On the side of a hill a sprinkling of leaves./Washes the grave with silvery tears./A soldier cleans and polishes a gun./Sleeps unaware of the clarion call. –Simon & Garfunkel’s “Scarborough Fair / Canticle”
When I was five my mother took me to the theater to see The Shining. All I could remember was the blood that was a river and a child screaming REDRUM. When I was eight I pumped on the swings with a girl called Tangerine, and later that night I asked my mother about something I’d seen. Earlier in the day the police cleared the park because of a woman on the ground. Men covered her body with a sheet and took her away. I wanted to know about the woman, about the cold body that lie on the ground. She was probably a junkie, my mother said through a faceful of smoke. When I was ten I crept at the foot of my mother’s door because I’d heard her wailing; I’d heard her head bang against a wall. I thought it was Danny all over again–another man beating a woman because he could–but when I opened the door to her bedroom a crack, a hair, I could see her and my stepfather curled up in a cocoon. Later I asked about what she’d done and she snapped, did I want to get pregnant like all the other degenerates up and down the block? Sex was a death sentence–it would ruin all that she had planned for me. And she had plans. I wasn’t like the others, she’d said. I wouldn’t grow into a woman drinking out of brown paper bags, a woman who said ain’t instead of aren’t.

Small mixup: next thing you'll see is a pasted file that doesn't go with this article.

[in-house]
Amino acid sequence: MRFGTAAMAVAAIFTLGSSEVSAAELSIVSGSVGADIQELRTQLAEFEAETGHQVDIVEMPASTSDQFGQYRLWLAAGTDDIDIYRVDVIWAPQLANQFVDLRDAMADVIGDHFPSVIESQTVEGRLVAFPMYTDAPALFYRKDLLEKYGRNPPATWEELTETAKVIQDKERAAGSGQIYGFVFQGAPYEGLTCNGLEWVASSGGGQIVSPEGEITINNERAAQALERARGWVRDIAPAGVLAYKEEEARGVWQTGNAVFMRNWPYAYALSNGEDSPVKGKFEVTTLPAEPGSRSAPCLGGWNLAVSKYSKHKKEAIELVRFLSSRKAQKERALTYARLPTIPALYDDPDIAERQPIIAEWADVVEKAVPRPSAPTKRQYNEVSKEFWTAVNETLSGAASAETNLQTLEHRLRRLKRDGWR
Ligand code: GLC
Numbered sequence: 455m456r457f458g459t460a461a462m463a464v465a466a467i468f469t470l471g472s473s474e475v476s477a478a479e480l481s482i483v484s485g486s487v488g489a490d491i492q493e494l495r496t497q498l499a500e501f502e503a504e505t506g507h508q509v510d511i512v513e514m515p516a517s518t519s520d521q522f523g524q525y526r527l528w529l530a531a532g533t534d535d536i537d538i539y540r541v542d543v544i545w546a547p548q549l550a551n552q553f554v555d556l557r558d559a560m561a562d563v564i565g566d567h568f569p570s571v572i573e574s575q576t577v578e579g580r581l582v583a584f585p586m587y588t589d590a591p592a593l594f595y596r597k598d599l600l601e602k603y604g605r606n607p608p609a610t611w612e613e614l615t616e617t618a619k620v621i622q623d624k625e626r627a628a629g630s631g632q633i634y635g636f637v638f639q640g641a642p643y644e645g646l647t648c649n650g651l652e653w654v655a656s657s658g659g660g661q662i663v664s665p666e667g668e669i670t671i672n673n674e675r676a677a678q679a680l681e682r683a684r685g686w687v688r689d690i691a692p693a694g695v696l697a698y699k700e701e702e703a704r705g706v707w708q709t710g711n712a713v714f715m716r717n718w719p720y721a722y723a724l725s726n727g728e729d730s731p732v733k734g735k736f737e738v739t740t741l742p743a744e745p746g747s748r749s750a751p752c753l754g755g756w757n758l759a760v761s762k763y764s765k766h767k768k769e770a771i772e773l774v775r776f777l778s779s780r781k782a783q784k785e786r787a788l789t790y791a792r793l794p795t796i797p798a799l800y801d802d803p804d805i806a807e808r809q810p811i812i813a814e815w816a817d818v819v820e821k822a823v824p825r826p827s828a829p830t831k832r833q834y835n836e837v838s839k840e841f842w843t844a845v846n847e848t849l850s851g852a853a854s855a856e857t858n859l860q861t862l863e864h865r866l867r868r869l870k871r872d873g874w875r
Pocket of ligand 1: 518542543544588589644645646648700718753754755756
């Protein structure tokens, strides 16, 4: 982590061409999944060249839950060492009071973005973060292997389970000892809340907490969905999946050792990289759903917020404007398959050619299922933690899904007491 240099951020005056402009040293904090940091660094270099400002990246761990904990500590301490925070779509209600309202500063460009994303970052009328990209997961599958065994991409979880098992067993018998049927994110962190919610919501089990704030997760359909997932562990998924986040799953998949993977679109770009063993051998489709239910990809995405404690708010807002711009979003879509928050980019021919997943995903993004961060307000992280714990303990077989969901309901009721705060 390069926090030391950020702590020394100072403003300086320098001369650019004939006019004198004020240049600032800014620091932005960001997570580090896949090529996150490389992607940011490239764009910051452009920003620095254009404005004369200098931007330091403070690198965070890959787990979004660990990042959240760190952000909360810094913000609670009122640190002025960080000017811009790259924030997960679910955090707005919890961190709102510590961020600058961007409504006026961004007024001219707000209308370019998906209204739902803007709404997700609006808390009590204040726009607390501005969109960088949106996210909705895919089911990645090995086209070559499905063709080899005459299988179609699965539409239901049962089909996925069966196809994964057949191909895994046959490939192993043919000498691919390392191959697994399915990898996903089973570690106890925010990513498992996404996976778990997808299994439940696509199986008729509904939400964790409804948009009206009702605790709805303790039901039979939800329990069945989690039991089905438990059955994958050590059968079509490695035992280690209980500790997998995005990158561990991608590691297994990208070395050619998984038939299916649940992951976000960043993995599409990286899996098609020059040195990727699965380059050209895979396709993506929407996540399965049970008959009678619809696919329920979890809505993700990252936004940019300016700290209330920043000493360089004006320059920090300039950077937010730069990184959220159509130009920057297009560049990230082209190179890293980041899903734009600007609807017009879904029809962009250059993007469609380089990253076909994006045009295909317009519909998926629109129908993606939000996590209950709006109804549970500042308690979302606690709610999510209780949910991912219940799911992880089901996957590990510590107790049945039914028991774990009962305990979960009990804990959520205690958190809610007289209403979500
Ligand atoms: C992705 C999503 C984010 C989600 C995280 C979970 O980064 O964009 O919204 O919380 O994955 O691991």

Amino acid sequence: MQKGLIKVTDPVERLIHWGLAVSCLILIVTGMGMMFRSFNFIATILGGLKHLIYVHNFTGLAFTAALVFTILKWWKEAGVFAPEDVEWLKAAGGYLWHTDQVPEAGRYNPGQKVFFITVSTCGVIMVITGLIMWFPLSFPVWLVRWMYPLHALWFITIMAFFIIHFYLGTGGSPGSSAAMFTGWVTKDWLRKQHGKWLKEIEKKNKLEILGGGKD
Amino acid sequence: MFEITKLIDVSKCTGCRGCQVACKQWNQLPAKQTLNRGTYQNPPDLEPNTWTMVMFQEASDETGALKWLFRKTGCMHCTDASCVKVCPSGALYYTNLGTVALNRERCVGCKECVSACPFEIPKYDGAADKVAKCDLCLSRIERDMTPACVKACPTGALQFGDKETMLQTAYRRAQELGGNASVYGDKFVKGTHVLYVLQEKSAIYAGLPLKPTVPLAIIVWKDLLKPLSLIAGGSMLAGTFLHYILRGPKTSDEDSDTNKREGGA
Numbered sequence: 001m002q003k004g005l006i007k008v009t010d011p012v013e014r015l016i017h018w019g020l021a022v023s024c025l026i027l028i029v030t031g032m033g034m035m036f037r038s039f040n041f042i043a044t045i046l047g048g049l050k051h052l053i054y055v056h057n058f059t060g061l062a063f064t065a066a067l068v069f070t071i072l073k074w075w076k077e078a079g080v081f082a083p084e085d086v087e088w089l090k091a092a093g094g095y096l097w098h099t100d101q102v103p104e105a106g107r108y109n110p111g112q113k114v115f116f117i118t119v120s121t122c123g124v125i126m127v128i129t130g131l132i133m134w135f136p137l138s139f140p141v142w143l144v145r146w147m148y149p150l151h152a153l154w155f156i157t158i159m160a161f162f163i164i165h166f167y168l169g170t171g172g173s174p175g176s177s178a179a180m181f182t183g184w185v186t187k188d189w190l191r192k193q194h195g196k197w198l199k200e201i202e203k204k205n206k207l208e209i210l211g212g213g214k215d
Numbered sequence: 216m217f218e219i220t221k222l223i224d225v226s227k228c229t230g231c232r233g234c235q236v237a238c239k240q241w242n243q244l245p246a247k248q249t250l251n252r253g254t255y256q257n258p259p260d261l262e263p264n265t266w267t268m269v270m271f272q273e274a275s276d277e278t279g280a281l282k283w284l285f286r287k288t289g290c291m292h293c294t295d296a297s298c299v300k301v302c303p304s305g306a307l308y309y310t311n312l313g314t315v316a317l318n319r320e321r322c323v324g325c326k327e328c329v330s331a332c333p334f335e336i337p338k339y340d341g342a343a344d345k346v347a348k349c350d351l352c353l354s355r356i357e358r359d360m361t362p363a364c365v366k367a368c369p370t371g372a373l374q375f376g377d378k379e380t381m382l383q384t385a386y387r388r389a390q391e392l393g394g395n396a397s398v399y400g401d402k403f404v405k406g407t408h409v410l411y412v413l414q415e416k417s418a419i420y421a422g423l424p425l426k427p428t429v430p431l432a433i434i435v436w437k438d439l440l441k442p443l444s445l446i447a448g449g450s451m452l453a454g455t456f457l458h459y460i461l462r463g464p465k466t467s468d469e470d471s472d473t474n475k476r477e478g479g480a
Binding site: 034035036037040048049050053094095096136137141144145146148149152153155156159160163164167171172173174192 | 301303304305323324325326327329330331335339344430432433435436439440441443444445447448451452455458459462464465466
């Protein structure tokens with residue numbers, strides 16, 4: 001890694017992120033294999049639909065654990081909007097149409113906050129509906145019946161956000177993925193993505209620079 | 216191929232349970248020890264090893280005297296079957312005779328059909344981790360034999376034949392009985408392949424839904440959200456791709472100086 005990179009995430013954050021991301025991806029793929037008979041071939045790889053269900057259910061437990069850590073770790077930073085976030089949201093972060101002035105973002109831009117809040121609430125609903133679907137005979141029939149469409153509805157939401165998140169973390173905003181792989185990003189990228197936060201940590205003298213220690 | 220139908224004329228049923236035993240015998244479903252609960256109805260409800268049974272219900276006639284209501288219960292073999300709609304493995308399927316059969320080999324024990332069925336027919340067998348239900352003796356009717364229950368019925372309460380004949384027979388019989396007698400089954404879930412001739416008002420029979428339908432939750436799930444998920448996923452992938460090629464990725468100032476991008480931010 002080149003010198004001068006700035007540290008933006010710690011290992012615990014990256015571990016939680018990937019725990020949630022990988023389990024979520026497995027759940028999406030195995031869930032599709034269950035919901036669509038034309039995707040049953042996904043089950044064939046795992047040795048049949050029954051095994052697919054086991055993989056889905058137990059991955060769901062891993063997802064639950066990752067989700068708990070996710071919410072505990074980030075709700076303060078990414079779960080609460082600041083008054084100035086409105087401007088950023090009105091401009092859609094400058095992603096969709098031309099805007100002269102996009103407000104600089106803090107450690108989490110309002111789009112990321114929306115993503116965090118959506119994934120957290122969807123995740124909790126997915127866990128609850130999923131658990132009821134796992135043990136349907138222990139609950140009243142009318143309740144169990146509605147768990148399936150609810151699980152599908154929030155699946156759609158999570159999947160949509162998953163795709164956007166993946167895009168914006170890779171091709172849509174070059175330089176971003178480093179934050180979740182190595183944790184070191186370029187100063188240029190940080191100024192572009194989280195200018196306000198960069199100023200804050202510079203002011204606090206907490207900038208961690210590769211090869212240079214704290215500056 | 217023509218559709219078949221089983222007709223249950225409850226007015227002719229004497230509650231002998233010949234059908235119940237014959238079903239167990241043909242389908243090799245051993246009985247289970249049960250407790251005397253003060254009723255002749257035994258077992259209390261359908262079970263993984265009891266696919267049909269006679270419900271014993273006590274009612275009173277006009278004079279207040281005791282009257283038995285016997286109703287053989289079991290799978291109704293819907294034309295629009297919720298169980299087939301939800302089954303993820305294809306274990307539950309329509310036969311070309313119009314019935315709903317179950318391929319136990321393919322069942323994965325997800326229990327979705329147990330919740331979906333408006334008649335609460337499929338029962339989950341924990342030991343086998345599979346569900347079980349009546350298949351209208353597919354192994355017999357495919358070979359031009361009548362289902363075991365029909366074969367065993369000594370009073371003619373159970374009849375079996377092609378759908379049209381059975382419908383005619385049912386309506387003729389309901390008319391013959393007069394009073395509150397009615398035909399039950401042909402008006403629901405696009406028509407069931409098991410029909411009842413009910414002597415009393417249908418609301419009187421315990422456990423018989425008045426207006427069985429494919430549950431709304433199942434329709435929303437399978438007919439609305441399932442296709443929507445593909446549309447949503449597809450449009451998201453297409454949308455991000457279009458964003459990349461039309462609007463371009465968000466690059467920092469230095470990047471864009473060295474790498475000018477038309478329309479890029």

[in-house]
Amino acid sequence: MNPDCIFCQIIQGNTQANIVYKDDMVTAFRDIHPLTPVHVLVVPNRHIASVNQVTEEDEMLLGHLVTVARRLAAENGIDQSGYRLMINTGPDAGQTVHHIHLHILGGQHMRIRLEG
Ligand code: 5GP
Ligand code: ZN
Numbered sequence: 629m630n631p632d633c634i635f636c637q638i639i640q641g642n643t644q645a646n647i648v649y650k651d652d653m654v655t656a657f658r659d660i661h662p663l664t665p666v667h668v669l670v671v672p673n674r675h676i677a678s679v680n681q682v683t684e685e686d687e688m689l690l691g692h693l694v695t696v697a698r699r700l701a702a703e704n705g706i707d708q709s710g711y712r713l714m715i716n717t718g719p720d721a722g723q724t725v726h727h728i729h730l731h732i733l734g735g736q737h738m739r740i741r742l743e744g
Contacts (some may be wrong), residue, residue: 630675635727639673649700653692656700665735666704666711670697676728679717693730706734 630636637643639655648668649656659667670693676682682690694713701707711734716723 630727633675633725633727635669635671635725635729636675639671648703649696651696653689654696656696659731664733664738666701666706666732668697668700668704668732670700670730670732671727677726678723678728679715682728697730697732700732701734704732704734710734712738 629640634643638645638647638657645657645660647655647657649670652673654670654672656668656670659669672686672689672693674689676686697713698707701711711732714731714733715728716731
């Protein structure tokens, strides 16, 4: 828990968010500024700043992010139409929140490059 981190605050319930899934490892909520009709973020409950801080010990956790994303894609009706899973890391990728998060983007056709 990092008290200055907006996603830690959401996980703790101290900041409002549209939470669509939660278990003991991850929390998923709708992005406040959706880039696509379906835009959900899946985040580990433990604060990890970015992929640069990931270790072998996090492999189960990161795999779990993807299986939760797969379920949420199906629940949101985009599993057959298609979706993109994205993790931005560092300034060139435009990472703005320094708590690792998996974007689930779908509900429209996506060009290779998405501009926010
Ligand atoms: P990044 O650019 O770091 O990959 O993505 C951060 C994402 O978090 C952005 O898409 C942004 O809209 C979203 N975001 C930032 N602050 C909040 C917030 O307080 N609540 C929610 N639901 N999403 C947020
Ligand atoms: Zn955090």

For as long as I could remember I was able to write and read. I suppose I owe her that–her knowledge that books were a way in and writing was a way out. Even now, even after all this time, I need prose in order to see.
When I was small my mother would tell me stories about knives and black magic. She’d play her records, a mix of rock and roll and soul, and I’d lay down next to her, curl up close. I remember burying my face into the thicket that was her hair. My mother was a forest I wanted to get lost in. She told me she grew up in a home and she had to protect herself. However, as I grew older, I realized that my mother had an abusive relationship with the truth–you never knew which stories were true and which were of her own invention. A born revisionist, she recounted stories altered with each retelling, and all the stories came with some sort of truth. Never cry, never be vulnerable, always hurt before you are wounded–her axioms lingered, and I would spend much of my adult life unlearning what I had been taught. Even now I struggle with being vulnerable. When I relapsed last year, I didn’t call my closest friend–I sent her a g-chat because the thought of getting on the phone with her seemed like a line I couldn’t yet cross. The idea of breaking down into tears was unimaginable. I’m getting better at letting people all the way in, but it’s been a tough journey.
One of my mother’s favorite songs was “Scarborough Fair,” a song whose origins were rooted in the belief that love is impossible, that one had to go through extreme lengths to prove their devotion. She’d play the song, lifting the needle of the record player and setting it down again, and I’d close my eyes, drift into sleep as my mother told me that all of this was important. That it was imperative that I see the world for what it is. You can’t afford to be blind, she said once. I couldn’t afford to be a child.